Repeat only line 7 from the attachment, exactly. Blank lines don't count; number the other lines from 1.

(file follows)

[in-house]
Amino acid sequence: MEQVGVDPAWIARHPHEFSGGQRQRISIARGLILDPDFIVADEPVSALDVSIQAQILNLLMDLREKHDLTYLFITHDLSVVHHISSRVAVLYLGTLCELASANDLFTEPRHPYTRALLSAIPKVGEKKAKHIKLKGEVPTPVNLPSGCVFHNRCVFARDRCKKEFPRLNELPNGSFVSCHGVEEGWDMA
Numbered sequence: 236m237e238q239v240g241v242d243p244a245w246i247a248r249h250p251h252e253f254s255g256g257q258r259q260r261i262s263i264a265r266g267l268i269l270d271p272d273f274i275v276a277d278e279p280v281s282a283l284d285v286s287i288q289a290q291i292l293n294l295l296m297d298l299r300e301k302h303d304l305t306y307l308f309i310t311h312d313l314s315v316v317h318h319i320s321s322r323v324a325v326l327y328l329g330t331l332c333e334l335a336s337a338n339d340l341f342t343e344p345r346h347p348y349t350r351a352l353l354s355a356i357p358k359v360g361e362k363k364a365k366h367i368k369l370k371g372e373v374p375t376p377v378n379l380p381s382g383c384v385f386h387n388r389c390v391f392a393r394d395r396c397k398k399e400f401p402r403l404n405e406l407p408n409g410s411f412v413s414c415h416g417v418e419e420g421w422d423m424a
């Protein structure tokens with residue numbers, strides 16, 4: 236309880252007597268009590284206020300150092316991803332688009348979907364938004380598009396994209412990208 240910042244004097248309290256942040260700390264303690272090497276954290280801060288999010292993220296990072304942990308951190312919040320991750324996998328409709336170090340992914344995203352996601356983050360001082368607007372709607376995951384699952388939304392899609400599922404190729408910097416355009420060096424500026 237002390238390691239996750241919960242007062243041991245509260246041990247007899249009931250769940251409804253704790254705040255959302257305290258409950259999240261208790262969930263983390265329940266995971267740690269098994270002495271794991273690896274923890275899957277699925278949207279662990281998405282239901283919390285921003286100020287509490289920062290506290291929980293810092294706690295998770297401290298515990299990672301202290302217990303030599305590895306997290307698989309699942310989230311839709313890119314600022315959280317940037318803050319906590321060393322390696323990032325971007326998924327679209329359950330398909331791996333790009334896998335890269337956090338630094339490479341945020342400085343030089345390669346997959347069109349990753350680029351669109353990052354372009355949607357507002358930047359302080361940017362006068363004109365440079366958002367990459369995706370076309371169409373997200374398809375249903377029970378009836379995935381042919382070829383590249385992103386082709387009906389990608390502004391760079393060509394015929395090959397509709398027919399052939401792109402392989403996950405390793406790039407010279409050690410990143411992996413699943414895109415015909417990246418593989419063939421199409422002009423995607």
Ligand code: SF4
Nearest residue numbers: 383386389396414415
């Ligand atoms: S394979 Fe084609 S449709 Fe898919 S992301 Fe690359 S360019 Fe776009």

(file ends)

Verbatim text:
């Ligand atoms: S394979 Fe084609 S449709 Fe898919 S992301 Fe690359 S360019 Fe776009």